On March 1st, 2011, the Advertising Standards Authority (ASA) began to regulate UK companies’ own marketing communications on their websites and in other third party space under their control.
This landmark development will extend the consumer protections provided by the CAP Code (the rules written by the Committee of Advertising Practice, the industry body responsible for maintaining the non-broadcast advertising rules) to new areas online.
Effectively, the rules on misleading advertising, social responsibility and the protection of children will apply to online marketing communications.
This will help provide a level playing field online for companies and reinforce the fact that marketing messages that are legal, decent, honest and truthful are also more likely to be trusted and deliver value.
Why is this happening? An exponential rise in complaints in recent years about marketing claims on company websites (which the ASA has had to reject) has left industry open to criticism from consumers, politicians and more.
The UK ad industry has a long history of being committed to responsible advertising, so it has worked hard to plug this gap.
So what does this mean in practice? Our definition of a marketing communication on a website is a message where the primary intent is to sell something or raise funds now or in the future.
The new remit does not cover editorial content, such as corporate reports, CSR material, press releases and so on.
If the content of a particular site includes or makes easily accessible an ‘invitation to purchase’, it will fall within the ASA’s remit.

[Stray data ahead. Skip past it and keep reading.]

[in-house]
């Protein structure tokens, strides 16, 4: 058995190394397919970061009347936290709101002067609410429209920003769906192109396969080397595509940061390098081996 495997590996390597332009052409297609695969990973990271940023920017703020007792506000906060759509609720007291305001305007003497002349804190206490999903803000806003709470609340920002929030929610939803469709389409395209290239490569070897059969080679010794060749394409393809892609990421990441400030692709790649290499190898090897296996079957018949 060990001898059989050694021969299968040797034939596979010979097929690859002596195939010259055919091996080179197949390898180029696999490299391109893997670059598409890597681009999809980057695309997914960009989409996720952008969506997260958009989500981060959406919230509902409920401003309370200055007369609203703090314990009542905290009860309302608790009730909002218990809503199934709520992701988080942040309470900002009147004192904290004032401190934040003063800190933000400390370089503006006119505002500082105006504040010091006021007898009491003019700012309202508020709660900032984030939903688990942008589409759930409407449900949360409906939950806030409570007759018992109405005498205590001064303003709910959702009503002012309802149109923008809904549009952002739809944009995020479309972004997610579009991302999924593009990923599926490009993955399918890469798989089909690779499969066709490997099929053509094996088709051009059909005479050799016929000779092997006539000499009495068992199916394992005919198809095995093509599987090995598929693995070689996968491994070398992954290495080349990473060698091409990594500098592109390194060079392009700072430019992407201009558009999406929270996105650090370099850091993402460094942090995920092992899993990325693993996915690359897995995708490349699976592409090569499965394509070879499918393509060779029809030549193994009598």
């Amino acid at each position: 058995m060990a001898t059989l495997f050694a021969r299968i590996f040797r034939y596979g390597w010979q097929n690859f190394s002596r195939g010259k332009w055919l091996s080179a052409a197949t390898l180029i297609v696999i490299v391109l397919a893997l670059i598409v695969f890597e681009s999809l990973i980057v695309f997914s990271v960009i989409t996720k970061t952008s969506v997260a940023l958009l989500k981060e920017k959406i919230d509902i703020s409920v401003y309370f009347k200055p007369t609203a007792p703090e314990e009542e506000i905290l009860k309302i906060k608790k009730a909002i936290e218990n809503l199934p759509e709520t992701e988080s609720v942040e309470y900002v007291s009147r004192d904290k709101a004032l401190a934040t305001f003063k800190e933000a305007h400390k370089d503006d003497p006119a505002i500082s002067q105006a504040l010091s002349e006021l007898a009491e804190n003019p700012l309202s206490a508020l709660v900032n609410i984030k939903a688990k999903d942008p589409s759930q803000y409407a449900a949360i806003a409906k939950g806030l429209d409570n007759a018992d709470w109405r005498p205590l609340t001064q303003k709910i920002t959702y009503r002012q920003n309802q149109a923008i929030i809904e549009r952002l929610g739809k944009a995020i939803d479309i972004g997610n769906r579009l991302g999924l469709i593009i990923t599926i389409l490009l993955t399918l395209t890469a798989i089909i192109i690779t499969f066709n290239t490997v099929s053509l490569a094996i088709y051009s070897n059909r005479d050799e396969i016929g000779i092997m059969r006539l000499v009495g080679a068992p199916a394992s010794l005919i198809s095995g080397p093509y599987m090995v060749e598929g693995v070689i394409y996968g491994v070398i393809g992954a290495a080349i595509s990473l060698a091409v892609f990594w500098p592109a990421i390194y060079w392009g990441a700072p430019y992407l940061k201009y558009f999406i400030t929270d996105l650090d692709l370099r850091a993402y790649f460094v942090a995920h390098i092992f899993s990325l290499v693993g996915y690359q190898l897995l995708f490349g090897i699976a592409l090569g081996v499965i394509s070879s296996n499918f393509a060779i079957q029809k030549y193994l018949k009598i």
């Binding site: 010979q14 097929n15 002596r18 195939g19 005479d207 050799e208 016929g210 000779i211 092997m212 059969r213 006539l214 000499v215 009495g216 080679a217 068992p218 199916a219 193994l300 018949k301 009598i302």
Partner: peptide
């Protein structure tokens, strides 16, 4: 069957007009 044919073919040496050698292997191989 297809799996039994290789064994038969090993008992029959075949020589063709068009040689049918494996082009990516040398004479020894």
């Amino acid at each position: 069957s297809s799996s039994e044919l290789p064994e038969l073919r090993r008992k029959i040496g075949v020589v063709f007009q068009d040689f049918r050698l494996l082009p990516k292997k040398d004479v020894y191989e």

For example, by detailing the characteristics of a product or service, with or without its price, in a way that makes the consumer able to make a purchasing decision.
This can include marketing communications that are aimed at building long-term brand engagement, so even if the site doesn’t contain a purchasing facility, it can still contain marketing messages that fall within the ASA’s remit.
Significantly, the new remit also covers non-paid-for third party space under an organisation’s control such as social media sites.
For example, if a company makes a statement on Twitter saying “Get it now – the best selling Xbox title of all time”, it would fall within our remit because it’s clearly a marketing communication.
Whereas “Quarterly results are 10 per cent up on last year” would be a corporate communication that falls outside of the remit.
Importantly, companies will not be held responsible for social media pages set up by customers.
Similarly, user-generated content is not caught by the remit extension. However, if a company decides to adopt or incorporate some UGC into its own marketing communication, then it will be covered.
Anyone who includes marketing communications on their own websites should be under no illusion about the significance of the ASA’s digital remit extension. It is probably the biggest shift in approach to online ad regulation in recent years.
But advertisers should not be daunted by the prospect. The ASA is not here to try to catch advertisers out; rather we want companies to get their communications right.
This is why we have made it our priority to raise awareness of our new remit before it goes live.
In addition, the CAP has recently extended its range of essential training and advice tools and we would encourage you all to take advantage of them.
ALL YOU NEED TO KNOW
Top tips to ensure your website complies with the rules and avoids issues with the ASA:
– Designate responsibility to someone in your firm for ensuring your site complies with the rules
– Sign up to CAP Services and take advantage of the training and help on offer
– Seek free copy advice or discuss bespoke premium services such as an audit of your website
– Watch a webcast of ASA and CAP’s training seminars on the new remit